Saturday, July 9, 2011

Cheese: Montasio

Montasio is a DOP (protected designation of origin) cheese made from raw cow's milk in northeastern Italy (Friuli-Venezia Giulia and Veneto regions). 
It was developed in the 1200s in a monastery in Moggio, in the Carnic Alps, although they originally used sheep's milk. It is made with milk from two milkings from three types of cows: Friesian, Swiss Brown and Pezzata Rossa. The cream is skimmed off the evening milking and mixed with the milk of the morning milking. Veal rennet is used to coagulate the milk, then the curd is broken into rice sized pieces and cooked at 115 degrees. The whey is removed and the curd is placed in molds and pressed and then either rubbed with salt or washed in salted brine. It ages from two to eighteen months. The yellow-brown rind is springy in younger aged cheese and harder and darker in older cheeses.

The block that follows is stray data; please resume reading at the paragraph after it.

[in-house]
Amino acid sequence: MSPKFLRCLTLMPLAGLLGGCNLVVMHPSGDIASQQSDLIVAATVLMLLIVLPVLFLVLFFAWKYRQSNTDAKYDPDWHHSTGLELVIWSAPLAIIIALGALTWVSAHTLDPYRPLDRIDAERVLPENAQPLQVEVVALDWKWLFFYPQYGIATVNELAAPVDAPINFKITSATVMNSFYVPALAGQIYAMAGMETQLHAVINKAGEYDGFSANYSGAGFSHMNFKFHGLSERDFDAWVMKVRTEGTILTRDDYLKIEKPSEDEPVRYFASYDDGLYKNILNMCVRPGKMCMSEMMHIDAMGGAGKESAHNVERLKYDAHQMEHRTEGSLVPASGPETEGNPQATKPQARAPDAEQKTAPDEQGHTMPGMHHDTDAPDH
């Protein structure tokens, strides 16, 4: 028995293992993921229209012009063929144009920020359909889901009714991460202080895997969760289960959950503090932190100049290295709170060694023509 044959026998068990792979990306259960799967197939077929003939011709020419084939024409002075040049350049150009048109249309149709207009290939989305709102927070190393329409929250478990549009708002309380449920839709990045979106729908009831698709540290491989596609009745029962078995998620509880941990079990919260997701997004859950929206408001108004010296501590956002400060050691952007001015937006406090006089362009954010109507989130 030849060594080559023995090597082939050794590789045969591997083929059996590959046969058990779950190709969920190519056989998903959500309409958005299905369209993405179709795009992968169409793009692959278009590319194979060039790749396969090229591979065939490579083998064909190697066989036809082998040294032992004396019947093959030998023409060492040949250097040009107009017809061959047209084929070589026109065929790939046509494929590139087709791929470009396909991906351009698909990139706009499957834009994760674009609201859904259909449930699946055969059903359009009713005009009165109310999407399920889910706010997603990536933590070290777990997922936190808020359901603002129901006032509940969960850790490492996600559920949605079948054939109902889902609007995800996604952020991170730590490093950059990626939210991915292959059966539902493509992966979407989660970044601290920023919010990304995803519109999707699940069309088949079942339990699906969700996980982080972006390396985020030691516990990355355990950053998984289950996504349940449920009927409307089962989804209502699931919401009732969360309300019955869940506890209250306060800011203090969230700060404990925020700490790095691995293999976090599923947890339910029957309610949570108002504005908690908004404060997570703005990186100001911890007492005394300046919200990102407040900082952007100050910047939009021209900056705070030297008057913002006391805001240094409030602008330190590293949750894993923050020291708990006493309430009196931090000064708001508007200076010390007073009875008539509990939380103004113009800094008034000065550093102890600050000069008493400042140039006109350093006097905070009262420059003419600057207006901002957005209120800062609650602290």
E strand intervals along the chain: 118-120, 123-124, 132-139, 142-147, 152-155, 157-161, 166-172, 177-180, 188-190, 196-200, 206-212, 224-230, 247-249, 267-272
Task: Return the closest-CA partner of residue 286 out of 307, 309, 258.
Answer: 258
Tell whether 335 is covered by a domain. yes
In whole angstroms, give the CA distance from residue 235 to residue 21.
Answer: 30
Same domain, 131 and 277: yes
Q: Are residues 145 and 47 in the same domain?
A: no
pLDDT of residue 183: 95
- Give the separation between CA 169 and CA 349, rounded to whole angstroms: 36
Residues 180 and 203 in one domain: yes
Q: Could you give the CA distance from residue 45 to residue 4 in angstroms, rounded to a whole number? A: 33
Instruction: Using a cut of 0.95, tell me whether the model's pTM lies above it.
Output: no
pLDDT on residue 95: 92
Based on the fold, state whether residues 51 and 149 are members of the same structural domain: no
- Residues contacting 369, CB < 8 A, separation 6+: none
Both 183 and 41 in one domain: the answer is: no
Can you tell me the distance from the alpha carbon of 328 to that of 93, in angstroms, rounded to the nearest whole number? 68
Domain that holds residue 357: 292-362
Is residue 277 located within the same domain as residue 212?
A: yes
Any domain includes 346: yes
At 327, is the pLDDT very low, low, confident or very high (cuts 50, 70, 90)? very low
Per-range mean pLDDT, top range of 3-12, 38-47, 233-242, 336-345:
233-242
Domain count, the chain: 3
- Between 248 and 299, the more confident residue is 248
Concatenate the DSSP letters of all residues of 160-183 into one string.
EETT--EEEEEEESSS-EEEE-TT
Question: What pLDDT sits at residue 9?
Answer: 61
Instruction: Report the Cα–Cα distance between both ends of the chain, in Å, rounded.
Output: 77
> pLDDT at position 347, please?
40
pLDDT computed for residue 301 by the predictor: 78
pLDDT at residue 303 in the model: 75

The flesh is creamy, with small holes, 
but becomes granular, even brittle with age. Montasio Fresco is aged more than two and less than five months. It is mildly flavored and creamy. Montasio mezzano is aged from five to ten months. It has a deeper flavor, is firmer and more of a golden color. Montasio stravecchio is aged over ten months and is usually grated. It has an even stronger flavor. It has been compared to Swiss cheese, is used in fondue and also used for making fried cheese. 
The Montasio I had was purchased from Gerrard's and was a piece without any identifying characteristics, such as how long it had been aged. It was very mild tasting and had a creamy texture in the mouth. I found it to be kind of blah. I didn't dislike it, but I didn't really like it either. It did not have the Swiss type taste I dislike and I never would have put it in the same category as a Swiss cheese. I would take it over Emmentaler, but I would take Comte, Gruyere or Raclette over it as cheeses in a similar category, as those cheeses have a little stronger, more distinctive, taste. I had it on a baked cheese sandwich and it was mild, but good. 

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